A group of Cambodian Americans came together recently to raise money for students in Cambodia.
The Cambodian Education Excellence Foundation raised $7,000 from a Halloween fundraiser in Virginia, Oct. 31, which will go to outstanding students, organizers said.
“When they have education, they have morality, they can help themselves, their families, their friends and their society,” said Kchao Samrang, the foundation’s board chairman. “We celebrated this fundraising with two objectives: collecting money to help economically disadvantaged, but academically outstanding, students in Cambodia, and, being overseas Khmers, we must know what we should do to help Khmers in the country. I think if we start from a small group, we will be able to help more in the future.”
Halloween is a ceremony for the dead, honored every Oct. 31 in the US and other countries. According to historian Nicholas Rogers, the ancient Celts of Central Europe believed that the border between the human world and Otherworld became thin at the end of the “lighter half” of the year, and the beginning of the “darker half,” allowing spirits to pass.
Each year, adults and children alike don costumes to mark the evening, in a tradition that harkens back to people disguising themselves from harmful spirits. Holding a fundraiser on such a date brought together many different types of people, and many types of costumes, Cambodian farmers and soldiers, for example, or vampires.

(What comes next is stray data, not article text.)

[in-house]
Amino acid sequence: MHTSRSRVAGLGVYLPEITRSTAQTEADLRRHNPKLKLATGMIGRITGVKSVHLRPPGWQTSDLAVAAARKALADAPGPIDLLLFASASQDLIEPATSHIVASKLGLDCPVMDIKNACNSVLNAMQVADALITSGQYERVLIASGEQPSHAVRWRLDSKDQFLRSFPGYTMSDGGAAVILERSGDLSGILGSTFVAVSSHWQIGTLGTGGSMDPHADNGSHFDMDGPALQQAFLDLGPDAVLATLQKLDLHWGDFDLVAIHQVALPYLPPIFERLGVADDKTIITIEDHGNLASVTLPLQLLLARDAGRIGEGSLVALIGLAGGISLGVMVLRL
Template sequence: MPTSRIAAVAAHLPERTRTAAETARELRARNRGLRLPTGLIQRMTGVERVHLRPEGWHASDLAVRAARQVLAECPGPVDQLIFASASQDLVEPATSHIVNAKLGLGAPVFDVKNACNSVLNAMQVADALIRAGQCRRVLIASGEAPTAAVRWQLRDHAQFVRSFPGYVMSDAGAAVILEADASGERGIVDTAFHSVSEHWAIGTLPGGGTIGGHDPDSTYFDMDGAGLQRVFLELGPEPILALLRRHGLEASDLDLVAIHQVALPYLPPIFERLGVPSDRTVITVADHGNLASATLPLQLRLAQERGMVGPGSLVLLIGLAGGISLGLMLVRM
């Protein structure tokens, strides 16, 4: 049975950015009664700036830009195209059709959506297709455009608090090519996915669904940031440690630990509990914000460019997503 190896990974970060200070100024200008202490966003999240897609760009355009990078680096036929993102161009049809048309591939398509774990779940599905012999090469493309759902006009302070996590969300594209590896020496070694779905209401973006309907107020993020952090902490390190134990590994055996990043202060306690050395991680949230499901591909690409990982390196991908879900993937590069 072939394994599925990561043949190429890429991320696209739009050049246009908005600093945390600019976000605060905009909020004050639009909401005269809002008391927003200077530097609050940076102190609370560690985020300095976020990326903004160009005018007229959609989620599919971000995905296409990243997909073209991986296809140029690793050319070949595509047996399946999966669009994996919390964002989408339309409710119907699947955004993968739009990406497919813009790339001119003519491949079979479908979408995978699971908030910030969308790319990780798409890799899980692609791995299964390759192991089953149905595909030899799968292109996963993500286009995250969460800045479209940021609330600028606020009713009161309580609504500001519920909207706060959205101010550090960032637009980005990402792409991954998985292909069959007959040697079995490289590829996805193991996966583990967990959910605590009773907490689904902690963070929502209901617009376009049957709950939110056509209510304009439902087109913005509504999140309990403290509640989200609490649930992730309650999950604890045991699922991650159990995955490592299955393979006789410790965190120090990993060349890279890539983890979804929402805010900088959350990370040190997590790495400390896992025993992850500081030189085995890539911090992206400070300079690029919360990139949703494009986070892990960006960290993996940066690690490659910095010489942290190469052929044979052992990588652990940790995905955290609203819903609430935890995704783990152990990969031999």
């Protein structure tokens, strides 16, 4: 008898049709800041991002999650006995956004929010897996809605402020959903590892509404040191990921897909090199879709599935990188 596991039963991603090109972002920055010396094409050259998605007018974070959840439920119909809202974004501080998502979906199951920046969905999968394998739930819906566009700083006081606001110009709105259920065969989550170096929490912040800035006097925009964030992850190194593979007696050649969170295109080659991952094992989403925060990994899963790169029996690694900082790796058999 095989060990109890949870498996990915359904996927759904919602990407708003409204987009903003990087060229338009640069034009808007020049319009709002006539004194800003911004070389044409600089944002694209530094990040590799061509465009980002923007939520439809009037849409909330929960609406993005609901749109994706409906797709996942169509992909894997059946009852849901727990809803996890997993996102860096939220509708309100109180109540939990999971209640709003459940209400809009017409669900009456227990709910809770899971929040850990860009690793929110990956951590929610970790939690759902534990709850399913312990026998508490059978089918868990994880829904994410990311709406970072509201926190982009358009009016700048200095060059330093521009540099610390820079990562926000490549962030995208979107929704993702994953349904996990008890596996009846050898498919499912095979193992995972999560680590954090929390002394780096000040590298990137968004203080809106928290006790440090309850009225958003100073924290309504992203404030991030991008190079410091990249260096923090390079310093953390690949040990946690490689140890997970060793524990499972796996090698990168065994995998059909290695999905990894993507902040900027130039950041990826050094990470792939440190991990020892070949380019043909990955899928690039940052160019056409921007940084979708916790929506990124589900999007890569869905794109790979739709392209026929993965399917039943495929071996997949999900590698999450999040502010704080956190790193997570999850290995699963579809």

Chhim Samudd, a founding member of the Cambodian Education Excellence Foundation, who participated in the fundraiser, told VOA Khmer he was happy to financially contribute to the capacity of Cambodia.
“The main objective is to help Khmer kids in their studies,” he said. “I hope this money will help poor Khmer students who are economically unable to continue their studies in higher education. Although this money is not that much, it at least helps ease their burden.”
At the fundraising, Jean Michel Tijerina, a founder and CEO of the Cambodian Project, which helps build sustainable communities through secondary education, told VOA Khmer that such fundraising enables Cambodian students to continue their studies, which is the foundation for social development.
“I think the CEE Foundation does great work in Cambodia,” he said. “I am very proud to support Dr. Khchao and just enjoy myself tonight. I think there’s a need basically in Cambodia for improving education, and, whenever we can help, I think it’s necessary.”
The Cambodian Education Excellence Foundation was established in April 2007 by a group of intellectuals led by Kchao Samrang.
For the academic year of 2007 to 2008, the foundation provided 30 scholarships to Cambodian students to pursue higher education, and in the following year, it gave 130.
Om Romny, director of the Institute of Technology of Cambodia, told VOA Khmer by phone that earlier in October the foundation provided the institute with a computer lab and 34 computers to help develop IT skills in students.
“The foundation provided us with the lab, so that students have an opportunity to practice after they learn theories,” he said. “The lab can be used for all possibilities to upgrade students’ knowledge.”
The foundation is receiving scholarship applications now, with forms available at www.ceefoundation.org.